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PostSubject: A Lesson in Transparency from Bulgaria   Wed Aug 19, 2009 12:36 pm

Just found this and thought it was an interesting article from NOVINITE.COM

A Lesson in Transparency from Bulgaria:
[size=55:1v1j0j70]August 19, 2009, Wednesday

Some experts predict that no new homes at all will be built next year as Bulgaria seems to be having one of the longest downturns of any country.

By Graham Norwood

Three years ago it was hard to avoid Bulgarian real estate. Its sea and ski tourist resorts were seen as "
must have"
locations for holiday homes, its capital Sofia was mooted to be a new strategic office center for central and eastern Europe, and even warehousing was considered a good long-term investment thanks to the country's apparently-endless growth.

The country was being marketed everywhere, or so it seemed. Top-end estate agents in Western Europe and even the US were selling Bulgarian properties;
big name designers such as Starck and Yoo were in the country trying to grab a slice of what was seen by some as the most vibrant emerging market in the world.

Well, now we all know better. Bulgaria's pain is not unique but compared to many countries - even those others in Eastern Europe - it is at the severe end of the scale. A plethora of figures prove the point:

- Real estate transactions across the country have fallen 35 per cent in the first half of 2009 compared to 2008

- Transactions in resorts like Bansko and Borovets are down 50 per cent. In Sofia, transactions have plummeted 58 per cent

- Mortgage foreclosures are 36.6 per cent up on a year ago

- Government figures show just 3,897 new housing units built in the first quarter of 2009, compared to 20,924 in 2008

- Some experts predict that no new homes at all will be built next year as Bulgaria seems to be having one of the longest downturns of any country.

How bleak is that? But while no one can have assumed that Bulgaria could buck the downturn in real estate markets seen throughout the capitalist world, does it have to that bad?

I visited Bulgaria in 2005 and 2006, on both occasions to see residential developments in the course of their construction, and I was struck by the almost complete absence of neutral professional guidance on the real estate industry.

As a result, individual investors - in office, industrial or residential sectors - had little to go on except instinct and the reports from estate agents. As a result, claims about price rises were widely varying.

For example, between 2003 and 2004, the Bulgarian estate agency Imoti BG suggested that residential prices rose by an average of 147.5 per cent. But other researchers, most significantly business consultancy Merrill Lynch, suggested the price rise during that year could have been as low as 31 per cent.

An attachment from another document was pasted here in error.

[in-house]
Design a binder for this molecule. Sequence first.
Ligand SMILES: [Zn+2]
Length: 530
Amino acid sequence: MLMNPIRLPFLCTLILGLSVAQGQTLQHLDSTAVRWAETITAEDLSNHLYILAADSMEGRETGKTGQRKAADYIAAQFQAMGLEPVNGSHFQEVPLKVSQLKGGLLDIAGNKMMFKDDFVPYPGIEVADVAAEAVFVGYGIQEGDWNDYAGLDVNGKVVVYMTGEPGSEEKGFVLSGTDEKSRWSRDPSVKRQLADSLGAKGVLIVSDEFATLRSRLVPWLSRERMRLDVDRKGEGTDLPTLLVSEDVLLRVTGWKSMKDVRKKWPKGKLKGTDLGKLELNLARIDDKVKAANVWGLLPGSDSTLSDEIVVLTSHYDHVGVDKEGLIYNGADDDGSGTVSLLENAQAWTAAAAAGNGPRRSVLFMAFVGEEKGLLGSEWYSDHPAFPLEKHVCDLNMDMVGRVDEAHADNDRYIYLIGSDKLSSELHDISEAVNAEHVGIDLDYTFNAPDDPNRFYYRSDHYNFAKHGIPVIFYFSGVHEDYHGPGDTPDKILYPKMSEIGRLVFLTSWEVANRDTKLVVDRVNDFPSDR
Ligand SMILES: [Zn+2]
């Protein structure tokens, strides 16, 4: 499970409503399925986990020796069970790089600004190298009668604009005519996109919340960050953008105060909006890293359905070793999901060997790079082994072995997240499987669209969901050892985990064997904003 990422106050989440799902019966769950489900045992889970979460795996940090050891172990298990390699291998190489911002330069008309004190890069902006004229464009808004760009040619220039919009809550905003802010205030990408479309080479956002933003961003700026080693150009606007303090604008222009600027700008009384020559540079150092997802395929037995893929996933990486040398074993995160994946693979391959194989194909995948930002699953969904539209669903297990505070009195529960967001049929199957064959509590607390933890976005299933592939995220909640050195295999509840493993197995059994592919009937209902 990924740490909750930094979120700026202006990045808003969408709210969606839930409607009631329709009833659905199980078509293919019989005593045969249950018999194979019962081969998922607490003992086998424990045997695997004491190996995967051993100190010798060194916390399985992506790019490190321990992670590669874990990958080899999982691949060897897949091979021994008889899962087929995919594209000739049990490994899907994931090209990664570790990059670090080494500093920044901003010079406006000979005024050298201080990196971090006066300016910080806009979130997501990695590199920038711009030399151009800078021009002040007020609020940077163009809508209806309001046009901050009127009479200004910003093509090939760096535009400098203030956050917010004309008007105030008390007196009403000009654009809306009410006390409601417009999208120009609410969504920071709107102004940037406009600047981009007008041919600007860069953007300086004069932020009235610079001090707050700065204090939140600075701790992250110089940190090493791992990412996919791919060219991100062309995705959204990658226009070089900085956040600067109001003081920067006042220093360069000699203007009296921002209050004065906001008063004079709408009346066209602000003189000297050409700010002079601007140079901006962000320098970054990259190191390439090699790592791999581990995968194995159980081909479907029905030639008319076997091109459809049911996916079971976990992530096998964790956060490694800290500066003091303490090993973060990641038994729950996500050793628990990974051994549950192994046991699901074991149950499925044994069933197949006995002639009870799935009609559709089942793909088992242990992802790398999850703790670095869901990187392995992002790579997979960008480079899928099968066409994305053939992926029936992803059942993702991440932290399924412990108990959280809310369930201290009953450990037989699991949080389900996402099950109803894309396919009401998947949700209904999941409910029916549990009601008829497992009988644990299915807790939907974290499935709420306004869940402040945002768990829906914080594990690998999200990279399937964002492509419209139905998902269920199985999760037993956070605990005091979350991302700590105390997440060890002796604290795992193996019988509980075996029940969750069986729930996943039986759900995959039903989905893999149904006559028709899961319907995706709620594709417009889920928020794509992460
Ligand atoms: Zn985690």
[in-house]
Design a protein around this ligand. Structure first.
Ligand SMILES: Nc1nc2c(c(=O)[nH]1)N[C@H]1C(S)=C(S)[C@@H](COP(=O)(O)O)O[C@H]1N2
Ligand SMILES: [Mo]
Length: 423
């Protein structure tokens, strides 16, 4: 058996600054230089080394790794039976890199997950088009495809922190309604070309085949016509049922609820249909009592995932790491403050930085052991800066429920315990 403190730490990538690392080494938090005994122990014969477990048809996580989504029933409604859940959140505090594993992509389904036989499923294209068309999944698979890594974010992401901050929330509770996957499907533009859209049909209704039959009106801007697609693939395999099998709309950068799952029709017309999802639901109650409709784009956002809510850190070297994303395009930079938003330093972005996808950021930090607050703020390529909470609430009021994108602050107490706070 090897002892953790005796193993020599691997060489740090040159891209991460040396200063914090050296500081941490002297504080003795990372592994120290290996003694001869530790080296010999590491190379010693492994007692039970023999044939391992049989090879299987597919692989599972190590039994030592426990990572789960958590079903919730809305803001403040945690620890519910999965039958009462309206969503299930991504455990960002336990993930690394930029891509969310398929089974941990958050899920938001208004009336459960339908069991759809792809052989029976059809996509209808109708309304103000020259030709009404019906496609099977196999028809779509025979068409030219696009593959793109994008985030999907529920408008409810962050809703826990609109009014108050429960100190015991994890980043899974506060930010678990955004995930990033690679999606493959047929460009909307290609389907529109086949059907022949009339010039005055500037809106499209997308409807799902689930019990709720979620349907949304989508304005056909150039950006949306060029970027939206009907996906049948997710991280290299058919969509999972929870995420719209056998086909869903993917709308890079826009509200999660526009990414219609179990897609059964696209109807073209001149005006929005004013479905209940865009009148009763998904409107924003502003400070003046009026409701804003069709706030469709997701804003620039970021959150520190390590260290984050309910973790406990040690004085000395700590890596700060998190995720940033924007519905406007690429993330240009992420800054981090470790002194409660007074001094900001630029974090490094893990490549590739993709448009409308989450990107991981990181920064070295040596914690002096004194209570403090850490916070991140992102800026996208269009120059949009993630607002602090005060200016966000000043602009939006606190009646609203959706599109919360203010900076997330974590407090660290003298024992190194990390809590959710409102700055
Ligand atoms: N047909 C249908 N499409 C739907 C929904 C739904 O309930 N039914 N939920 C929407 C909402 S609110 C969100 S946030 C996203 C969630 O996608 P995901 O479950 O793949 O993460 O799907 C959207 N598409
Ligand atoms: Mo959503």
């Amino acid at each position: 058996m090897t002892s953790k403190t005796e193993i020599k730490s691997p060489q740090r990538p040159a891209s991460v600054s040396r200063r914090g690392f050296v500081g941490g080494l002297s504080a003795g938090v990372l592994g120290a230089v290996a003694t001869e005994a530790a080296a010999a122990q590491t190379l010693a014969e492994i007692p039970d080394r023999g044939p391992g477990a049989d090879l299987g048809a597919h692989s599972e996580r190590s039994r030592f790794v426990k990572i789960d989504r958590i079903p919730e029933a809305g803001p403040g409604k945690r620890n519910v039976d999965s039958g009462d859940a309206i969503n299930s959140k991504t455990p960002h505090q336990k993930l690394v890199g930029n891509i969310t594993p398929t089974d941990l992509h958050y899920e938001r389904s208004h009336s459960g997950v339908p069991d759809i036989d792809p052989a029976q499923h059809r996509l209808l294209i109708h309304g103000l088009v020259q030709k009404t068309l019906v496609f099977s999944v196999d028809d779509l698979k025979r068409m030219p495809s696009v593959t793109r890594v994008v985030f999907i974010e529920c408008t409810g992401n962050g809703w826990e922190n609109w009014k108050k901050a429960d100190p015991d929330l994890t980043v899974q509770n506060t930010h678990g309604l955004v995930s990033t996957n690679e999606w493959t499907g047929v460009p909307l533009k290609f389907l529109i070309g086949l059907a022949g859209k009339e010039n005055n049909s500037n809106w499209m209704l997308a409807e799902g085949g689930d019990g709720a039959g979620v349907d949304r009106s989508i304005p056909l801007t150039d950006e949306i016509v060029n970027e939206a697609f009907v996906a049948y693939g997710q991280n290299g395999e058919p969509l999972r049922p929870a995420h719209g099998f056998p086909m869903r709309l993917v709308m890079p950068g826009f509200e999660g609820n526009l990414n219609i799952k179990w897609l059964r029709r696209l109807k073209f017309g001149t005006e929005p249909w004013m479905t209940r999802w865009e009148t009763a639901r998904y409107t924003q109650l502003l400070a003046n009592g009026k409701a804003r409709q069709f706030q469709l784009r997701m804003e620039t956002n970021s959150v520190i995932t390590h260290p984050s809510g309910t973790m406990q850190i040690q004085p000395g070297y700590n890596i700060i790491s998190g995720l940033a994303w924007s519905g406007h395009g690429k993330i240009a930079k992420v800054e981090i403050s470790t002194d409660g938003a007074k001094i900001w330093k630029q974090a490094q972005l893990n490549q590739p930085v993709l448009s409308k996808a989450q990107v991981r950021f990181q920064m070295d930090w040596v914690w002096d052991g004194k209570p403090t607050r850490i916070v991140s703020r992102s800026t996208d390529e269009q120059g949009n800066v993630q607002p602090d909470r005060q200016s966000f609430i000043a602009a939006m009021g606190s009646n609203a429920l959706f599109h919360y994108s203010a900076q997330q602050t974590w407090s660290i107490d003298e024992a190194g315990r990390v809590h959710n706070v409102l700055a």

Now even 31 per cent is good but how could there be such discrepancy between rival estimates? And what effect does that have on the market?

Bulgaria, in recent years, has been heavily reliant on foreign buyers who in the main [it is probably safe to assume] do not speak the local language and have little direct experience of how the real estate industry works within the country.

So the currency expert HIFX calculates that of all the Bulgarian property transactions in 2005 [the peak of the market in that country], foreigners were involved in no fewer than 23 per cent of deals.

The strong likelihood must be that most of those foreign buyers relied on estate agents, developers or random internet research for their data. This is neither authoritative nor even common sense.

It may explain why so many invested there and now find themselves walking away from their deposits or partly built properties following the downturn.

This approach of making the buyer do all the work - the British use the old Latin term Caveat Emptor, or Buyer Beware - is hardly 21st century customer service. Instead, why should the Bulgarian Government [and perhaps every other country, too] not create a series of real estate market indices that give external investors a neutral benchmark which can be used to help decide where they put their money?

In 2006 and 2007, Bulgaria's Government, and some of its local regional authorities, showed respect for buyers from overseas by restricting development of residential units in particular until infrastructure development had caught up.

But it was too little too late, and now newspapers and the web abound with stories of investors who have lost money on schemes that have never been completed, while a handful of criminal agents have run off with buyers' money before leaving Bulgaria.

Much of this is par for the course in developing markets, unfortunate side-effects of any boom. But perhaps there would have been a less bitter taste left in the property industry's collective mouth if the Bulgarian Government had created objective indices.

The same, of course, can be said for almost any emerging government. And if there is one lesson from this downturn that will cost little to learn, it is that transparency in future real estate dealings will be essential if public confidence in property is to be restored.
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PostSubject: A Lesson in Transparency from Bulgaria   Fri Aug 21, 2009 10:58 am

Very interesting article and I think what is written is about right, but I also think it's the same all over the world, it's just that Bulgaria is very new to the property market so they are being watched by everyone :shock:
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